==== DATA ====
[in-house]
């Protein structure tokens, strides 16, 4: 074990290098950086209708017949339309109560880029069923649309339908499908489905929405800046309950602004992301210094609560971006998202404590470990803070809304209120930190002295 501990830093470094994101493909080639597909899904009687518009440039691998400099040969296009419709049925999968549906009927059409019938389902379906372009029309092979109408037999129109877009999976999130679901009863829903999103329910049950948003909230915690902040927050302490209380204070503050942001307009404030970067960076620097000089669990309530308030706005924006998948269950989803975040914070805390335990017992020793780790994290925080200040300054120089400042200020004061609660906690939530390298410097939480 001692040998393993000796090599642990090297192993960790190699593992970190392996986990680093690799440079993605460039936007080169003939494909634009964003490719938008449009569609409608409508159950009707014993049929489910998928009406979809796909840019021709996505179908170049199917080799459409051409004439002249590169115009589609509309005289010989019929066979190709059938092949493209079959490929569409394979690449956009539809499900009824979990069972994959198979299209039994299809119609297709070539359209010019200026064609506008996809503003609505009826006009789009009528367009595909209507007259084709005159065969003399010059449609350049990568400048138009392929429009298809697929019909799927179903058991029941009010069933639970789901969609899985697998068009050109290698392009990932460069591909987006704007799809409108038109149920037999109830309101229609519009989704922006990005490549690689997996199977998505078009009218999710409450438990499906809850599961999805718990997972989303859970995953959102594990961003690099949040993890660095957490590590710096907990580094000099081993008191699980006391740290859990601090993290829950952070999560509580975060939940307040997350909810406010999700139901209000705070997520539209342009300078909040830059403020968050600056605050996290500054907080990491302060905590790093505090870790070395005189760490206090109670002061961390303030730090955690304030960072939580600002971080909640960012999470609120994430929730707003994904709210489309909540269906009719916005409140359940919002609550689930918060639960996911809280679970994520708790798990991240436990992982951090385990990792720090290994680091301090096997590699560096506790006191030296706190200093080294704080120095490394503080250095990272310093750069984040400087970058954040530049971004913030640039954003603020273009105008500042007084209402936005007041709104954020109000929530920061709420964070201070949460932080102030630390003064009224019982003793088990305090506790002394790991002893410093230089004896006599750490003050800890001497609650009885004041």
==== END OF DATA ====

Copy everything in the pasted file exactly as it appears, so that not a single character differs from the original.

[in-house]
């Protein structure tokens, strides 16, 4: 074990290098950086209708017949339309109560880029069923649309339908499908489905929405800046309950602004992301210094609560971006998202404590470990803070809304209120930190002295 501990830093470094994101493909080639597909899904009687518009440039691998400099040969296009419709049925999968549906009927059409019938389902379906372009029309092979109408037999129109877009999976999130679901009863829903999103329910049950948003909230915690902040927050302490209380204070503050942001307009404030970067960076620097000089669990309530308030706005924006998948269950989803975040914070805390335990017992020793780790994290925080200040300054120089400042200020004061609660906690939530390298410097939480 001692040998393993000796090599642990090297192993960790190699593992970190392996986990680093690799440079993605460039936007080169003939494909634009964003490719938008449009569609409608409508159950009707014993049929489910998928009406979809796909840019021709996505179908170049199917080799459409051409004439002249590169115009589609509309005289010989019929066979190709059938092949493209079959490929569409394979690449956009539809499900009824979990069972994959198979299209039994299809119609297709070539359209010019200026064609506008996809503003609505009826006009789009009528367009595909209507007259084709005159065969003399010059449609350049990568400048138009392929429009298809697929019909799927179903058991029941009010069933639970789901969609899985697998068009050109290698392009990932460069591909987006704007799809409108038109149920037999109830309101229609519009989704922006990005490549690689997996199977998505078009009218999710409450438990499906809850599961999805718990997972989303859970995953959102594990961003690099949040993890660095957490590590710096907990580094000099081993008191699980006391740290859990601090993290829950952070999560509580975060939940307040997350909810406010999700139901209000705070997520539209342009300078909040830059403020968050600056605050996290500054907080990491302060905590790093505090870790070395005189760490206090109670002061961390303030730090955690304030960072939580600002971080909640960012999470609120994430929730707003994904709210489309909540269906009719916005409140359940919002609550689930918060639960996911809280679970994520708790798990991240436990992982951090385990990792720090290994680091301090096997590699560096506790006191030296706190200093080294704080120095490394503080250095990272310093750069984040400087970058954040530049971004913030640039954003603020273009105008500042007084209402936005007041709104954020109000929530920061709420964070201070949460932080102030630390003064009224019982003793088990305090506790002394790991002893410093230089004896006599750490003050800890001497609650009885004041």